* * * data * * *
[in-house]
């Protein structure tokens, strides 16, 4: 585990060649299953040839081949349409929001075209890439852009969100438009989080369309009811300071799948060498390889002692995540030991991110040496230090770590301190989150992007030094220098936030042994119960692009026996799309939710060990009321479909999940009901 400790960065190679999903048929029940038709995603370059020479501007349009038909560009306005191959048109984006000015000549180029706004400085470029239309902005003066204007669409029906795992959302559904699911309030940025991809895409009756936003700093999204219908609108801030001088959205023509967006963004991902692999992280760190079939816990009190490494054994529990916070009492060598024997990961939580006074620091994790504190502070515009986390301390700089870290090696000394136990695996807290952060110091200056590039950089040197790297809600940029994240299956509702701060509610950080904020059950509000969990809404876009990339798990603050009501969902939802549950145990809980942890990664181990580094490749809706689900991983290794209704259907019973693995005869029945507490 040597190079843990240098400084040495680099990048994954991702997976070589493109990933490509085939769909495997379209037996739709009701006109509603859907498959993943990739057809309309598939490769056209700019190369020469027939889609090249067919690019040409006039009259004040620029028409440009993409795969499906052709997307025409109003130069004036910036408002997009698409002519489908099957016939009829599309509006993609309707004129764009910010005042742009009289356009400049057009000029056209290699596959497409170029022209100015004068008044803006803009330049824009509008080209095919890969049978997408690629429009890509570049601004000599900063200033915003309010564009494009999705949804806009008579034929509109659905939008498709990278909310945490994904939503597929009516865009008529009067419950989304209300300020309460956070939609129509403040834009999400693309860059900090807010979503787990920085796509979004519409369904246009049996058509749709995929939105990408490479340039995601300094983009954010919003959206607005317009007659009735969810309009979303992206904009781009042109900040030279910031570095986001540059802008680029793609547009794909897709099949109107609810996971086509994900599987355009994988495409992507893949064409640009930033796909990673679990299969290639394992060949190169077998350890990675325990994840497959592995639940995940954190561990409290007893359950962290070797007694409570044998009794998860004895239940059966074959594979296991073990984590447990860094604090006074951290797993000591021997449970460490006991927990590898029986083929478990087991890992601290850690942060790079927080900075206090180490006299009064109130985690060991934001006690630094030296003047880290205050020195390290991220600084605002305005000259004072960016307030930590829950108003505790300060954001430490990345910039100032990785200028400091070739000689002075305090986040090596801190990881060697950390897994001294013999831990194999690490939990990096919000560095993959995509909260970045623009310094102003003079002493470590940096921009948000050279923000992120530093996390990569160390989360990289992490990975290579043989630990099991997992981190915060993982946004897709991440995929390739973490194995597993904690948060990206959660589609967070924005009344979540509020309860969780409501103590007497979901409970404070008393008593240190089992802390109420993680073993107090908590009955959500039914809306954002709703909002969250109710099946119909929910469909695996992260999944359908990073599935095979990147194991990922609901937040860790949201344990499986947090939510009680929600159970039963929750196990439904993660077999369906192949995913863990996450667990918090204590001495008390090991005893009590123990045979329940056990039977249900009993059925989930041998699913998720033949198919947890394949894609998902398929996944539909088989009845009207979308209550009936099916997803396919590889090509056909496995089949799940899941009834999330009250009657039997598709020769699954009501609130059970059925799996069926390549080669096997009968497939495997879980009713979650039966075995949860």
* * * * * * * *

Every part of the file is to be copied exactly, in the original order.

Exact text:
[in-house]
């Protein structure tokens, strides 16, 4: 585990060649299953040839081949349409929001075209890439852009969100438009989080369309009811300071799948060498390889002692995540030991991110040496230090770590301190989150992007030094220098936030042994119960692009026996799309939710060990009321479909999940009901 400790960065190679999903048929029940038709995603370059020479501007349009038909560009306005191959048109984006000015000549180029706004400085470029239309902005003066204007669409029906795992959302559904699911309030940025991809895409009756936003700093999204219908609108801030001088959205023509967006963004991902692999992280760190079939816990009190490494054994529990916070009492060598024997990961939580006074620091994790504190502070515009986390301390700089870290090696000394136990695996807290952060110091200056590039950089040197790297809600940029994240299956509702701060509610950080904020059950509000969990809404876009990339798990603050009501969902939802549950145990809980942890990664181990580094490749809706689900991983290794209704259907019973693995005869029945507490 040597190079843990240098400084040495680099990048994954991702997976070589493109990933490509085939769909495997379209037996739709009701006109509603859907498959993943990739057809309309598939490769056209700019190369020469027939889609090249067919690019040409006039009259004040620029028409440009993409795969499906052709997307025409109003130069004036910036408002997009698409002519489908099957016939009829599309509006993609309707004129764009910010005042742009009289356009400049057009000029056209290699596959497409170029022209100015004068008044803006803009330049824009509008080209095919890969049978997408690629429009890509570049601004000599900063200033915003309010564009494009999705949804806009008579034929509109659905939008498709990278909310945490994904939503597929009516865009008529009067419950989304209300300020309460956070939609129509403040834009999400693309860059900090807010979503787990920085796509979004519409369904246009049996058509749709995929939105990408490479340039995601300094983009954010919003959206607005317009007659009735969810309009979303992206904009781009042109900040030279910031570095986001540059802008680029793609547009794909897709099949109107609810996971086509994900599987355009994988495409992507893949064409640009930033796909990673679990299969290639394992060949190169077998350890990675325990994840497959592995639940995940954190561990409290007893359950962290070797007694409570044998009794998860004895239940059966074959594979296991073990984590447990860094604090006074951290797993000591021997449970460490006991927990590898029986083929478990087991890992601290850690942060790079927080900075206090180490006299009064109130985690060991934001006690630094030296003047880290205050020195390290991220600084605002305005000259004072960016307030930590829950108003505790300060954001430490990345910039100032990785200028400091070739000689002075305090986040090596801190990881060697950390897994001294013999831990194999690490939990990096919000560095993959995509909260970045623009310094102003003079002493470590940096921009948000050279923000992120530093996390990569160390989360990289992490990975290579043989630990099991997992981190915060993982946004897709991440995929390739973490194995597993904690948060990206959660589609967070924005009344979540509020309860969780409501103590007497979901409970404070008393008593240190089992802390109420993680073993107090908590009955959500039914809306954002709703909002969250109710099946119909929910469909695996992260999944359908990073599935095979990147194991990922609901937040860790949201344990499986947090939510009680929600159970039963929750196990439904993660077999369906192949995913863990996450667990918090204590001495008390090991005893009590123990045979329940056990039977249900009993059925989930041998699913998720033949198919947890394949894609998902398929996944539909088989009845009207979308209550009936099916997803396919590889090509056909496995089949799940899941009834999330009250009657039997598709020769699954009501609130059970059925799996069926390549080669096997009968497939495997879980009713979650039966075995949860």